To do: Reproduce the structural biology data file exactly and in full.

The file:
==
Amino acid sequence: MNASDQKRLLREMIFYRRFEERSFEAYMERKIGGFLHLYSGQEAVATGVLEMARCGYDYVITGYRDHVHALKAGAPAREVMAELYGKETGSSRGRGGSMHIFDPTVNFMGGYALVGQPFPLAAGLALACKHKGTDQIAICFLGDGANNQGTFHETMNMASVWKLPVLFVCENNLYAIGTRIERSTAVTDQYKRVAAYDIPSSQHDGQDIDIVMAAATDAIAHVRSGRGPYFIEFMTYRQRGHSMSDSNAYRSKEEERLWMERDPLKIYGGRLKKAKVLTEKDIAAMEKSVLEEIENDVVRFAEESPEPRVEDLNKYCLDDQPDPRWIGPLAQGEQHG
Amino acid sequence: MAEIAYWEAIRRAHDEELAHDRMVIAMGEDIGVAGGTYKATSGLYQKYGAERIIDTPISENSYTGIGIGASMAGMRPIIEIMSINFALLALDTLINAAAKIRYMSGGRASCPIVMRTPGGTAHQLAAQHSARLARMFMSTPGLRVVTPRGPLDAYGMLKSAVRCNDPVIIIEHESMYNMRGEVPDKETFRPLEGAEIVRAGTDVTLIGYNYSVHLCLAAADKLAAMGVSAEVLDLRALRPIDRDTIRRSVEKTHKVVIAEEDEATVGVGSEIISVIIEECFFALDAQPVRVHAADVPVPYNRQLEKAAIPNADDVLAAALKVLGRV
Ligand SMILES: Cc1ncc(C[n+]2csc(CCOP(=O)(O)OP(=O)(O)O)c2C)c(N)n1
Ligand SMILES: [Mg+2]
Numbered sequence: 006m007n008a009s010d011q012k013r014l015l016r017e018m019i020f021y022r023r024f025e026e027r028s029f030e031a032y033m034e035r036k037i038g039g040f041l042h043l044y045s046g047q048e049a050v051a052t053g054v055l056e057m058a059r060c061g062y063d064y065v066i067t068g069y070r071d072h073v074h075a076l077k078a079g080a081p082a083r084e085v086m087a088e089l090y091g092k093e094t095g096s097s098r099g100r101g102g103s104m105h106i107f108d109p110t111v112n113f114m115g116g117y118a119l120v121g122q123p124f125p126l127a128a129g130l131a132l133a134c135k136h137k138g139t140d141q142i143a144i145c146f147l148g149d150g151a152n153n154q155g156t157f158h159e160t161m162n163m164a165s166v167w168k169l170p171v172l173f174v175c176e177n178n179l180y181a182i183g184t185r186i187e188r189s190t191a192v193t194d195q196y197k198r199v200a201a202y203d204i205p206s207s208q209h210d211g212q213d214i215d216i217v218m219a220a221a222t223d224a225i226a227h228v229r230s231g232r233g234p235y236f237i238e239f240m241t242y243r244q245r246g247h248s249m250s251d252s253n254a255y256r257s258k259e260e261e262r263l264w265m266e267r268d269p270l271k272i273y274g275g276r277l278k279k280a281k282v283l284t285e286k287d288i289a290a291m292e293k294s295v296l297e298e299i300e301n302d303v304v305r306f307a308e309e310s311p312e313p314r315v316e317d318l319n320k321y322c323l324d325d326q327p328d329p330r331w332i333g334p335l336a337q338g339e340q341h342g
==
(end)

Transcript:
Amino acid sequence: MNASDQKRLLREMIFYRRFEERSFEAYMERKIGGFLHLYSGQEAVATGVLEMARCGYDYVITGYRDHVHALKAGAPAREVMAELYGKETGSSRGRGGSMHIFDPTVNFMGGYALVGQPFPLAAGLALACKHKGTDQIAICFLGDGANNQGTFHETMNMASVWKLPVLFVCENNLYAIGTRIERSTAVTDQYKRVAAYDIPSSQHDGQDIDIVMAAATDAIAHVRSGRGPYFIEFMTYRQRGHSMSDSNAYRSKEEERLWMERDPLKIYGGRLKKAKVLTEKDIAAMEKSVLEEIENDVVRFAEESPEPRVEDLNKYCLDDQPDPRWIGPLAQGEQHG
Amino acid sequence: MAEIAYWEAIRRAHDEELAHDRMVIAMGEDIGVAGGTYKATSGLYQKYGAERIIDTPISENSYTGIGIGASMAGMRPIIEIMSINFALLALDTLINAAAKIRYMSGGRASCPIVMRTPGGTAHQLAAQHSARLARMFMSTPGLRVVTPRGPLDAYGMLKSAVRCNDPVIIIEHESMYNMRGEVPDKETFRPLEGAEIVRAGTDVTLIGYNYSVHLCLAAADKLAAMGVSAEVLDLRALRPIDRDTIRRSVEKTHKVVIAEEDEATVGVGSEIISVIIEECFFALDAQPVRVHAADVPVPYNRQLEKAAIPNADDVLAAALKVLGRV
Ligand SMILES: Cc1ncc(C[n+]2csc(CCOP(=O)(O)OP(=O)(O)O)c2C)c(N)n1
Ligand SMILES: [Mg+2]
Numbered sequence: 006m007n008a009s010d011q012k013r014l015l016r017e018m019i020f021y022r023r024f025e026e027r028s029f030e031a032y033m034e035r036k037i038g039g040f041l042h043l044y045s046g047q048e049a050v051a052t053g054v055l056e057m058a059r060c061g062y063d064y065v066i067t068g069y070r071d072h073v074h075a076l077k078a079g080a081p082a083r084e085v086m087a088e089l090y091g092k093e094t095g096s097s098r099g100r101g102g103s104m105h106i107f108d109p110t111v112n113f114m115g116g117y118a119l120v121g122q123p124f125p126l127a128a129g130l131a132l133a134c135k136h137k138g139t140d141q142i143a144i145c146f147l148g149d150g151a152n153n154q155g156t157f158h159e160t161m162n163m164a165s166v167w168k169l170p171v172l173f174v175c176e177n178n179l180y181a182i183g184t185r186i187e188r189s190t191a192v193t194d195q196y197k198r199v200a201a202y203d204i205p206s207s208q209h210d211g212q213d214i215d216i217v218m219a220a221a222t223d224a225i226a227h228v229r230s231g232r233g234p235y236f237i238e239f240m241t242y243r244q245r246g247h248s249m250s251d252s253n254a255y256r257s258k259e260e261e262r263l264w265m266e267r268d269p270l271k272i273y274g275g276r277l278k279k280a281k282v283l284t285e286k287d288i289a290a291m292e293k294s295v296l297e298e299i300e301n302d303v304v305r306f307a308e309e310s311p312e313p314r315v316e317d318l319n320k321y322c323l324d325d326q327p328d329p330r331w332i333g334p335l336a337q338g339e340q341h342g